3 3 Change in Composition of The composition of the fatalities in 2003 and 2012 is shown in Figure 3. There were major changes in proportions of fatalities among passenger vehicles (75% down to 65%), motorcyclists (up from 9% to 15%) and nonoccupants (up from 13% to 17%). Much of this shift is because of the large decrease in the number of passenger vehicle occupant fatalities (down by more than 10,000 over the 10-year period). However, there has also been a large increase (1,243 more) in the number of motorcyclist fatalities during the same time period. Figure 3 Composition of, 2003 and % 9% 13% Quarterly Data % 17% 75% 65% 4% Passenger Vehicle Occupants Large Trucks, Buses and Other Vehicle Occupants Motorcyclists Pedestrians, Bicyclists and Other Nonoccupants In order to gain insight into the increases in fatalities, quarterly data for 2011 and 2012 is shown in the top half of Table 3. In 2012 there were 1,082 more fatalities than in 2011, and 778 of these 72 percent occurred during the first three months. Furthermore, even though these are winter months, the largest percentage increases occurred for motorcyclists and nonoccupants. According to the National Oceanic and Atmospheric Administration s (NOAA) National Climate Data Center, 2012 was the warmest first quarter on record, going back to 1897 (www.ncdc.noaa.gov/cag). This may explain some of the increase in fatalities in 2012, especially the number and pattern of those during January through March. Notice that quarterly fluctuations in each category follow similar patterns in both 2011 and For example, in each year, the numbers of pedalcyclist fatalities increases from the first quarter through the third quarter, then decreases in the fourth quarter. These patterns of increasing and decreasing fatalities from one quarter to another are the same for both 2011 and Looking to the bottom half of Table 3, notice that except for large truck occupants, fatalities in each type had the greatest percent increase from 2011 to 2012 in the first quarter, a much smaller percent change in the second quarter, nearly no change in the third quarter, and a small increase or, in some cases, a decrease in the fourth quarter. Large-truck occupant fatalities show a different pattern, but given that the number of fatalities is relatively small in comparison, this variability is not unexpected. Alcohol-Impaired-Driving Alcohol-impaired-driving fatalities increased by 4.6 percent in 2012 (Table 4), accounting for 31 percent of overall fatalities. An alcohol-impaired-driving fatality is defined as a fatality in a crash involving a driver or motorcycle rider (operator) with Table 3 Quarterly by Occupant and Nonoccupant Type Number Percent Quarter Passenger Vehicle Occupants Motorcyclists Large Truck Occupants Pedestrians Pedalcyclists Total Jan Mar 4, , ,726 Apr Jun 5,275 1, ,227 Jul Sep 5,518 1, , ,984 Oct Dec 5, , ,542 Jan Mar 5, , ,504 Apr Jun 5,405 1, ,583 Jul Sep 5,595 1, , ,127 Oct Dec 5, , ,347 Changes from 2011 to 2012 Jan Mar Apr Jun Jul Sep Oct Dec Jan Mar 7.2% 28.5% 6.2% 20.0% 31.6% 11.6% Apr Jun 2.5% 9.5% 10.1% 7.5% 5.6% 4.3% Jul Sep 1.4% 0.0% 4.2% 6.3% -0.9% 1.6% Oct Dec -3.4% 2.3% 15.5% -3.3% 0.0% -2.3%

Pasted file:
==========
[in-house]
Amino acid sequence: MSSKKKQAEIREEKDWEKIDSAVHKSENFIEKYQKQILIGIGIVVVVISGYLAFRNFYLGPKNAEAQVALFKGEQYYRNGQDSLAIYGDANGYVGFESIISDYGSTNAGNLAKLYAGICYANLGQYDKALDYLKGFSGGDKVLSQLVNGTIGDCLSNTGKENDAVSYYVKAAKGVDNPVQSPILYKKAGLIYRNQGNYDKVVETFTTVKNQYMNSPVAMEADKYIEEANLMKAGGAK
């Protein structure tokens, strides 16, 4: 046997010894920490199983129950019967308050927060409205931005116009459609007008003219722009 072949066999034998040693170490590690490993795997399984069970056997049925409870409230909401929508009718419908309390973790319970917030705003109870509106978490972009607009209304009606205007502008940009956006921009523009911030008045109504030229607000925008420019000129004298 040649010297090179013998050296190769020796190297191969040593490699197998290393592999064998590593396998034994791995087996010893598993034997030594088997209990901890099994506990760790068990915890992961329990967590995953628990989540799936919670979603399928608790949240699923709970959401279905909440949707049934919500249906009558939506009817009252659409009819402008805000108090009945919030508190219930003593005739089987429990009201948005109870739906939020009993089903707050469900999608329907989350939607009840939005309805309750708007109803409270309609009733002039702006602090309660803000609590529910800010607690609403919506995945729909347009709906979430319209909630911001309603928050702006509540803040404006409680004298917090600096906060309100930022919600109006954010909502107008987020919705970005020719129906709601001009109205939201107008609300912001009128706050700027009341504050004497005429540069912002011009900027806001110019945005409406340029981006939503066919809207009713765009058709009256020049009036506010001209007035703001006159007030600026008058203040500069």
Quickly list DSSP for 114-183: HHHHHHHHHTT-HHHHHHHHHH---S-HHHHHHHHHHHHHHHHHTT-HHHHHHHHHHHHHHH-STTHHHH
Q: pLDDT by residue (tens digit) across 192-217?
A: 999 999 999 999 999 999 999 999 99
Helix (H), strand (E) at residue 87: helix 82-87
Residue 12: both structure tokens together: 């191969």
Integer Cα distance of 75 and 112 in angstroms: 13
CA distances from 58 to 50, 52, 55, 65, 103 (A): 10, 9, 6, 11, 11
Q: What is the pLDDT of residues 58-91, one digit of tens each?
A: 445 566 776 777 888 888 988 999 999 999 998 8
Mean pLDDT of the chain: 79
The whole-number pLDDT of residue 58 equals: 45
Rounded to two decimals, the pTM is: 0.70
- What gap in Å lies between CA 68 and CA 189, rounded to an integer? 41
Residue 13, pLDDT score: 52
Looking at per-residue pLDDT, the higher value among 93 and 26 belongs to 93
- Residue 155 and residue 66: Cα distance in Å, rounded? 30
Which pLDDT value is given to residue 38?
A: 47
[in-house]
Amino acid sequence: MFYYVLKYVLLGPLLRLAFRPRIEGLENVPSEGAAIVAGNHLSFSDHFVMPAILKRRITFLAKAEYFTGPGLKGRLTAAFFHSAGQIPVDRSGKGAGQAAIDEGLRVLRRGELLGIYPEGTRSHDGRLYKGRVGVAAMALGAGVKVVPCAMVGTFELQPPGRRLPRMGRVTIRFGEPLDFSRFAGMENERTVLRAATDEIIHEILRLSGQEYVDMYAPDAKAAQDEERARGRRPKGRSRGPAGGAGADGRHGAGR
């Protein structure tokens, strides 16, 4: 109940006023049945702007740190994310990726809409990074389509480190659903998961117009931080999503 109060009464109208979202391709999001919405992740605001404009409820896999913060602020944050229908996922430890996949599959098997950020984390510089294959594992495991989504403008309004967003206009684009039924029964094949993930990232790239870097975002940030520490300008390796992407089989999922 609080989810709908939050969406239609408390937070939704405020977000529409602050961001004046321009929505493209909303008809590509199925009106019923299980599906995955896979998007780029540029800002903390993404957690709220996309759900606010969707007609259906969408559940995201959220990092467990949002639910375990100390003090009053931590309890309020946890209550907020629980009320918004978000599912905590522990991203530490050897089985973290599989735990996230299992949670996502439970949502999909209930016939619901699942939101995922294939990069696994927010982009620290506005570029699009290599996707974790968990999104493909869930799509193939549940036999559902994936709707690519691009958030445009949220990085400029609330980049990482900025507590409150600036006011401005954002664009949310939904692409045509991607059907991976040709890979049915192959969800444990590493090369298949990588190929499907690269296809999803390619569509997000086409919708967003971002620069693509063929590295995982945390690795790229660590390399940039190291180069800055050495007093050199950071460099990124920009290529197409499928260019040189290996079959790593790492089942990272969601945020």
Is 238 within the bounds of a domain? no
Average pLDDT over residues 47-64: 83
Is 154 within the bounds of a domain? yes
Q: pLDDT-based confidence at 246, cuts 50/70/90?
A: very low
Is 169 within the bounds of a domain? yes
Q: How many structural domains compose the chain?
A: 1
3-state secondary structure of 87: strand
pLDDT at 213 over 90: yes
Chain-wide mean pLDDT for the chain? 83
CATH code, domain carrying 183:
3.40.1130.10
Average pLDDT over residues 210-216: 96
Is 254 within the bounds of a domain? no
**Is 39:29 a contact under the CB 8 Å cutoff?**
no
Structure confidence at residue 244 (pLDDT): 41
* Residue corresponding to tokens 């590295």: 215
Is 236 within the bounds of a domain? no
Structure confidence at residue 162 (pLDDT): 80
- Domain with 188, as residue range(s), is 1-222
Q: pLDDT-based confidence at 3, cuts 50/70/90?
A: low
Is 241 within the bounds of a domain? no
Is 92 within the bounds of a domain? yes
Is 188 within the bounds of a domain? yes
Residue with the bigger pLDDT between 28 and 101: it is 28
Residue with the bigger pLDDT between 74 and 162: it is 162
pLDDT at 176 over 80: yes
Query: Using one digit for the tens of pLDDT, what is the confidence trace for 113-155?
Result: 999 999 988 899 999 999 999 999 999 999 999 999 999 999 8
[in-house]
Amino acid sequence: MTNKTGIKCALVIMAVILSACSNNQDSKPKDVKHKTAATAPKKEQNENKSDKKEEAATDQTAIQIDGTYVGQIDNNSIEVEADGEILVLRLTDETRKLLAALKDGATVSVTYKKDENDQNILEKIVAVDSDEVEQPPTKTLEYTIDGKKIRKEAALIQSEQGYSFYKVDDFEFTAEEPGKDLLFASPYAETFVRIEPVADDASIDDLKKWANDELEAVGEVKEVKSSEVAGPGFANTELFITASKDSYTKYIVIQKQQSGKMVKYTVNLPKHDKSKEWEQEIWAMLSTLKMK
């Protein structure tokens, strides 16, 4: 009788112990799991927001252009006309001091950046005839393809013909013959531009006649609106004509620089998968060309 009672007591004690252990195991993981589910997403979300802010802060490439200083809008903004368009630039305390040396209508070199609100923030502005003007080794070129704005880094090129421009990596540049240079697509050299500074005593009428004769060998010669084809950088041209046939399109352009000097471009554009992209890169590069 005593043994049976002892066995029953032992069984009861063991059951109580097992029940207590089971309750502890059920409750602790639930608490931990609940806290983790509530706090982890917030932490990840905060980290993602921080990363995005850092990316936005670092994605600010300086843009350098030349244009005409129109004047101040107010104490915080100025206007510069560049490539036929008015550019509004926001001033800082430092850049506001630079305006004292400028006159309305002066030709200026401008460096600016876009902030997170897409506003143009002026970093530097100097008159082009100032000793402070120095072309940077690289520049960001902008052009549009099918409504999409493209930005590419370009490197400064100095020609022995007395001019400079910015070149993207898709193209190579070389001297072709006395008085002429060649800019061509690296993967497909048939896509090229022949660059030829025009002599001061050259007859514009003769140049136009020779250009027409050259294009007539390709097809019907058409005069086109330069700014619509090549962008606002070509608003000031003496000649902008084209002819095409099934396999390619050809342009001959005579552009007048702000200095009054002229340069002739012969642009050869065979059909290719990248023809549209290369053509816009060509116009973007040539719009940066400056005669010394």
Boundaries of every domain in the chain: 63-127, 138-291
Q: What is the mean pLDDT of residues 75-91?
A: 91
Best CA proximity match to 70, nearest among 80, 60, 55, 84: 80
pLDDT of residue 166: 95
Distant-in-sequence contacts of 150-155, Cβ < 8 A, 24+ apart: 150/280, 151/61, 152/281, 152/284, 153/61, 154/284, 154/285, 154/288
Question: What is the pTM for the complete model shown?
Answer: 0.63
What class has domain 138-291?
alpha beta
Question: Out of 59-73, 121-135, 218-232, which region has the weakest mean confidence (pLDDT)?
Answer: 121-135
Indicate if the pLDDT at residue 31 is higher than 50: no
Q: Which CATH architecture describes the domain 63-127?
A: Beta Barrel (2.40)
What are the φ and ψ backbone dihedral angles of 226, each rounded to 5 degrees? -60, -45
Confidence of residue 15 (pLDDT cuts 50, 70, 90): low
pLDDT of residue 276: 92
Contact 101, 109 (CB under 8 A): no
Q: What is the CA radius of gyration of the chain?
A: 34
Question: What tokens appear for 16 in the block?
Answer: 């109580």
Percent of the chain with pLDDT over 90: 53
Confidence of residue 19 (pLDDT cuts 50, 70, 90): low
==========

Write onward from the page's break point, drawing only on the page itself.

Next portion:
4 4 a BAC of.08 g/dl or greater. The number of alcohol-impaired drivers in fatal crashes increased for most vehicle types, with the largest increase among drivers of large trucks (86%). Note that the number of large-truck drivers is small relative to the other vehicle types, making it subject to greater variability. Table 4 Total and Alcohol-Impaired (AI) Driving * Change % Change Total 32,479 33,561 1, % AI Driving 9,865 10, % Alcohol-Impaired Drivers in Fatal Crashes by Vehicle Type Passenger Car 4,103 4, % Light Truck - Van % Light Truck - Utility 1,410 1, % Light Truck - Pickup 1,877 1, % Motorcycles 1,397 1, % Large Trucks % *See definition in text. Crash Type The number of motor vehicle crashes, by crash type and severity, is presented in Table 5. The total number of police-reported traffic crashes increased by 3.1 percent from 2011 to The estimated increase in injury crashes is statistically significant; this is the first time this has happened since Because FARS data is a census of fatal crashes, no significance testing is required. Table 5 Number of Crashes, by Crash Type Crash Type Change % Change Fatal Crashes 29,867 30, % Non-Fatal Crashes 5,308,000 5,584, , % Injury Crashes 1,530,000 1,634, , % Property-Damage-Only 3,778,000 3,950, , % Total Crashes 5,338,000 5,615, , % Bold figures are statistically significant. Restraint Use and Time of Day Among fatally injured passenger vehicle occupants, more than half (52%) of those killed in 2012 were unrestrained (Table 6). Although there were 351 more passenger vehicle occupant fatalities in 2012, we know the time of day of the crash for only 305 of them an increase of 8 (3% of the 305) during the day and 297 (97%) during the night. Among the 297 increase in nighttime fatalities, a large proportion (229, or 77%) was among restrained passenger vehicle occupants. The number of restrained passenger vehicle occupants killed in daytime crashes actually decreased by 39 people. Of passenger vehicle occupants killed at night, 61 percent were unrestrained, compared to 43 percent during the day. Table 6 Passenger Vehicle Occupant, by Restraint Use and Time of Day Type # % # % Change % Change 21,316 21, % Restraint Used 10,255 48% 10,478 48% % Restraint Not Used 11,061 52% 11,189 52% % Day 10,999 52% 11,007 51% 8 0.1% Restraint Used 6,280 57% 6,241 57% % Restraint Not Used 4,719 43% 4,766 43% % Night 10,183 48% 10,480 48% % Restraint Used 3,910 38% 4,139 39% % Restraint Not Used 6,273 62% 6,341 61% % ; Day: 6 a.m. to 5:59 p.m.; Night: 6 p.m. to 5:59 a.m.; Total fatalities include those at unknown time of day; unknown restraint use has been distributed proportionally across known use. Fatal Crashes Involving Large Trucks There was a 3.7-percent increase in the number of people killed in crashes involving large trucks. Looking at only this one percentage masks the changes across fatality categories. The number of nonoccupant fatalities is the only category of fatalities that declined from 2011 to 2012; a decline of 11 percent. All other categories of fatalities in large-truck crashes increased (Table 7). Large-truck occupants in single-vehicle crashes increased by the smallest percentage (3.9%), while those in multivehicle crashes increased by the largest (18%). Note that the number of fatal crashes involving large trucks is relatively small, so such variability in the number of fatalities is not unexpected. Table 7 Persons Killed in Large-Truck Crashes Type Change % Change Truck Occupants % Single-Vehicle % Multivehicle % Other Vehicle Occupants 2,713 2, % Nonoccupants % Total 3,781 3, % Crash Location in rural crashes increased by 2.3 percent (Table 8) while those in urban crashes increased by 4.9 percent. People killed in roadway departure crashes increased by 3.4 percent and intersection crashes increased by 5.4 percent. Following are the definitions used for roadway departure and intersection crashes as defined by FHWA.